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Scottish anchorages

Sanda Island

What changes there have been here. The pub was once the thing to see and do on Sanda Island, as well as the obvious walks and views. Where once there had been a community of maybe a hundred people, by 2010 there were just three — Charles and Wendy McVey and their toddler. They had came back to run the pub (and the restaurant, the holiday lets, the fire service, the post, and 300 sheep) for the new owners of the island, Michi Meier and Berna Civeleker. Charles and Wendy must have known what they were doing having done the same job for Dick Gannon, albeit at a time when they didn’t have to think about how to get their child to nursery across the Sound of Sanda. Previously the island had been owned by this Mr Gannon, an irascible Englishman by all accounts, but who commendably was responsible for restoring the old buildings by the pier (very nicely) and building the pub itself, although you wouldn't have thought it was 'new' to look at.


This pub must have outclassed the Old Forge on Knoydart as the most remote pub in the UK, there is not even a scheduled ferry service. It sort of reopened in June 2011 as the Sanda Island Hotel and Restaurant, an apparently up-market establishment, with four moorings. However, the website in 2013 made no mention of any hotel, ominously just that Sanda was "A tranquil private island". And guess what, in March 2014 the new owners tried to close it all off to the public which may well have been in their minds when they bought the island. But do not be put off, you have a legal right to roam in Scotland as long as you don't get too near the owner's residence. This means not using the pier which "is in front of the living room of the house" according to the owner and now adorned with a Strictly Private sign. So what, pull the dinghy up on the beach and go for a walk. Apparently the island's water supply has now been condemned by the local water authority, so what that means for anyone who plans to live here I know not.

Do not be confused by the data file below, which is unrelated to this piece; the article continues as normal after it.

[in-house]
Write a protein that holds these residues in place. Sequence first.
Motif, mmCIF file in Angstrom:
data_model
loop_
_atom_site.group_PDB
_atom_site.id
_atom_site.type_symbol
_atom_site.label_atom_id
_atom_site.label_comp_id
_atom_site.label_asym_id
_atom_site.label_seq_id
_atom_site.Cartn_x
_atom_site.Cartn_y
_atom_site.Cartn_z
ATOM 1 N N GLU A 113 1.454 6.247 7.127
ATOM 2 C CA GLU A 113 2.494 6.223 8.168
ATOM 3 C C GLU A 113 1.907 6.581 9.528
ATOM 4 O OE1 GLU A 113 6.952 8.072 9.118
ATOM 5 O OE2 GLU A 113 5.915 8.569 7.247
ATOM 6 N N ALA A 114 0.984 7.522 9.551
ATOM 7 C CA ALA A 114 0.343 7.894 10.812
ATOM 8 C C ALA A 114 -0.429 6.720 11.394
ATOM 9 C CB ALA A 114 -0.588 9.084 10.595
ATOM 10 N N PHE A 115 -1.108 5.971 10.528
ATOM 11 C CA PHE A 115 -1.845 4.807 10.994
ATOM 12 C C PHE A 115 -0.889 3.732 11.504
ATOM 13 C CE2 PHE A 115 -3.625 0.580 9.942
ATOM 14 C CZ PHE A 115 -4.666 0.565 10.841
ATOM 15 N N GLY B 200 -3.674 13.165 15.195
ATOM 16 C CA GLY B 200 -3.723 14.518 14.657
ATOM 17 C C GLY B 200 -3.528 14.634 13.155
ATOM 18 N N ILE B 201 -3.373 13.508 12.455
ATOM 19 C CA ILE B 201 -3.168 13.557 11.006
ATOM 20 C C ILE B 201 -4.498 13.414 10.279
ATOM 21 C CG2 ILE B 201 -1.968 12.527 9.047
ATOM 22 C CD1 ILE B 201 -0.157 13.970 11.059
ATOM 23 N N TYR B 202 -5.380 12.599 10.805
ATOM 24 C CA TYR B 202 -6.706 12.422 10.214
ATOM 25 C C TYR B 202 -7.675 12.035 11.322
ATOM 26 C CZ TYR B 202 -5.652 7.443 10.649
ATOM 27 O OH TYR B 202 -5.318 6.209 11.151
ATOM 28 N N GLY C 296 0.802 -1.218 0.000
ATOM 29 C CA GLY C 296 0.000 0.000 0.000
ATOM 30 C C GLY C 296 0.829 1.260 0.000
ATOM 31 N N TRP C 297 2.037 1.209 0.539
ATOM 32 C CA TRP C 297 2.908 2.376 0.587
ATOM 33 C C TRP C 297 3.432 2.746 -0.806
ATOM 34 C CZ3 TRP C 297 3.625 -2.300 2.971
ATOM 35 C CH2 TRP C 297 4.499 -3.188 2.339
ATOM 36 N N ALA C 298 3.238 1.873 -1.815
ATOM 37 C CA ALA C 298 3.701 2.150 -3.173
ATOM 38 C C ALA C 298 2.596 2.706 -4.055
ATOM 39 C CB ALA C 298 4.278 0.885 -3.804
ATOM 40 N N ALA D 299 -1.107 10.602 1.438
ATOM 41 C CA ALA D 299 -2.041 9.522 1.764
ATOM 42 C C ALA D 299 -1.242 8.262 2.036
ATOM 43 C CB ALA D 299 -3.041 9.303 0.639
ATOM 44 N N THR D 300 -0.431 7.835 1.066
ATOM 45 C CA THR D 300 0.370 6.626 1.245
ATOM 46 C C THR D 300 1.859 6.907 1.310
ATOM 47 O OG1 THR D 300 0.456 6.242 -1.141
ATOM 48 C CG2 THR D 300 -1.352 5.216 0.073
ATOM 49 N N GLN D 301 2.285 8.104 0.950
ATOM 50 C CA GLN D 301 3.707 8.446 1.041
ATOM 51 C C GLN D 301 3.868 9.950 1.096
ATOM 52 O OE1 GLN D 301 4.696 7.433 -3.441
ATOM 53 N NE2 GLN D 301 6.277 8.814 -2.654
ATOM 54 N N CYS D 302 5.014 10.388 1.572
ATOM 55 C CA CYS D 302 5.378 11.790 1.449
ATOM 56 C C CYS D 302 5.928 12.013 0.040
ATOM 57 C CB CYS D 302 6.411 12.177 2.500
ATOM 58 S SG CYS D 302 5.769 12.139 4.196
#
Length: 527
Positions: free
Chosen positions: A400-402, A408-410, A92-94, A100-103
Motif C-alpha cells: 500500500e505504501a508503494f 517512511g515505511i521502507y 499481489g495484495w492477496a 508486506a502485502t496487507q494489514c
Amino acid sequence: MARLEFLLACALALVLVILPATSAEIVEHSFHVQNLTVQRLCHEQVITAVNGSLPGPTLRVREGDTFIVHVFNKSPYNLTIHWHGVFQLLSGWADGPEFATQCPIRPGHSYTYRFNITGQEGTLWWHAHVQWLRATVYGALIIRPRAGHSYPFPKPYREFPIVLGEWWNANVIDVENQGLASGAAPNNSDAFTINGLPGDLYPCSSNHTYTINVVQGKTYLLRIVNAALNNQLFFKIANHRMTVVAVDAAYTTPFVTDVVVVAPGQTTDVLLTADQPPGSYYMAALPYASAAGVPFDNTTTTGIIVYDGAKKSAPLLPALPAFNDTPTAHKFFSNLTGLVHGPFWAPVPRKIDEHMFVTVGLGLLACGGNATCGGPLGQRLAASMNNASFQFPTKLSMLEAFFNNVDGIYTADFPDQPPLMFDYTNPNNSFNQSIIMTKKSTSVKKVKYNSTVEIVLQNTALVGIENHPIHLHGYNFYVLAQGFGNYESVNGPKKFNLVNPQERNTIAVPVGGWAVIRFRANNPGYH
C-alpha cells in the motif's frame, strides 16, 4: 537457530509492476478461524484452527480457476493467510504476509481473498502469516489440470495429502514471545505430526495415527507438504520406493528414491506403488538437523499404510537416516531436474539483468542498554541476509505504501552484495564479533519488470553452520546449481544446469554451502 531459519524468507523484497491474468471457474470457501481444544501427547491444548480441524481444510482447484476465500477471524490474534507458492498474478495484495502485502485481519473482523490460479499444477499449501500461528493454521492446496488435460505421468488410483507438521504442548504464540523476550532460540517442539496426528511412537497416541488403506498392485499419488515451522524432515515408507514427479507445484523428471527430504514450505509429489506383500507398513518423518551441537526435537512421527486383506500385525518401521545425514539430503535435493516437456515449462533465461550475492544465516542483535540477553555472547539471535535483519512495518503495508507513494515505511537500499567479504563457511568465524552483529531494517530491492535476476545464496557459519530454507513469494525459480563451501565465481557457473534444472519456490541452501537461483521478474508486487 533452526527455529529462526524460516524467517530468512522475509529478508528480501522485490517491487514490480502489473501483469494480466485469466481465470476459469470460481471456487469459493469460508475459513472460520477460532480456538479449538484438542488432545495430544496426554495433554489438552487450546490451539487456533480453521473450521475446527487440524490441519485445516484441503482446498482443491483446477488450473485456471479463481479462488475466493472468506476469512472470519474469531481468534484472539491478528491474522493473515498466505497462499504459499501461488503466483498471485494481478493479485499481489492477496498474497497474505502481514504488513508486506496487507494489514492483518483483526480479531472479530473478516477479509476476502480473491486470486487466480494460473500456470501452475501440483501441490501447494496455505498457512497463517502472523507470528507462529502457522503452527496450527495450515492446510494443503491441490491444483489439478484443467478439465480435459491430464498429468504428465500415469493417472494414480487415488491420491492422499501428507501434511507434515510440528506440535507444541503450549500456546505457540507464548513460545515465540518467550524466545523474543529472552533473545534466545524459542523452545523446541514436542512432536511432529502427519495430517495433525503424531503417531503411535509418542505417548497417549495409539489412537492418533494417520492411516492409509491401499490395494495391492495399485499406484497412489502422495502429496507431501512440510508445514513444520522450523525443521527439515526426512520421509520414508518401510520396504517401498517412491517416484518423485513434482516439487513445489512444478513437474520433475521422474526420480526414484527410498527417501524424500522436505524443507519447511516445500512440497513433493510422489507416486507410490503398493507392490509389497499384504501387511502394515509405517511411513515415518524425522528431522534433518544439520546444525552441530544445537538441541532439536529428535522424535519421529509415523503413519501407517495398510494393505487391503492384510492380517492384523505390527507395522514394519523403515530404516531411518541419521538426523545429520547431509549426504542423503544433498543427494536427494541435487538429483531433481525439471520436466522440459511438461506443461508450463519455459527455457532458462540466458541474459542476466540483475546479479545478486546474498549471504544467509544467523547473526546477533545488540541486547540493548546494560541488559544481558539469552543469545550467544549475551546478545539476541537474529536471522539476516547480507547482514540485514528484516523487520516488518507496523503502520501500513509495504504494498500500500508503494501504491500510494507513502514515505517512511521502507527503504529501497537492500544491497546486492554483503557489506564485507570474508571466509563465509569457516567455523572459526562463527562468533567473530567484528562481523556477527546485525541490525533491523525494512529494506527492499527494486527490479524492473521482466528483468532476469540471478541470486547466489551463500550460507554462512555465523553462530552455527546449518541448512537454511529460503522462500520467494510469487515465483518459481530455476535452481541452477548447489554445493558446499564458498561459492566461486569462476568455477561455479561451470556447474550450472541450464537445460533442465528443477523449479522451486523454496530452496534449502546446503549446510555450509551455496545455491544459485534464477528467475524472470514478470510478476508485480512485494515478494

By 2015 the whole place looked dead. There was no one to be seen anywhere on the island, the pub buildings were all closed up and deteriorating. Notwithstanding news reports that the island could be rented for £2000 a day!


The pub’s name was interesting — the Byron Darnton Tavern. This was the name of the Liberty ship which foundered off the island in 1946 while taking American servicemen and their families back to the US after the war. The ship’s name was derived from a renowned American war correspondent who had been accidentally killed by a bomb dropped by an American plane.


Along by the boathouse (conspic. and crucial for entry without a chartplotter) you will find St Ninian’s late medieval chapel (remains of) along with a very weathered slab and cross. This is where Charles and Wendy got married, certainly an original venue. The boathouse  was once the base for the Sanda Island Bird Observatory, defunct since 2013, and by 2015 the building itself was reduced to a wreck, thanks to the uncaring island owners presumably. Incredible that we let foreigners buy beautiful Scottish islands to let them rot.


It is well worth the 20-30 minute walk across to the lighthouse, Stevenson again, 1850. It is set on a most spectacular outcrop right next to a natural arch, with the tide swirling all around and a bit of the Byron Darnton still visible at low water. The lighthouse cottages look derelict. Sad.




Sanda 2

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Sanda Island lighthouse

Sanda lighthouse

Sanda Island lighthouse


The boathouse and St Ninian's Chapel by the anchorage — according to Cowper

in 1896, it is "a wild place, and I should be sorry to bide there long".


This photo was sent to me by Mike Craddock, the grandson of a former lighthouse keeper whose family all knew this as the 'elephant rock' for obvious reasons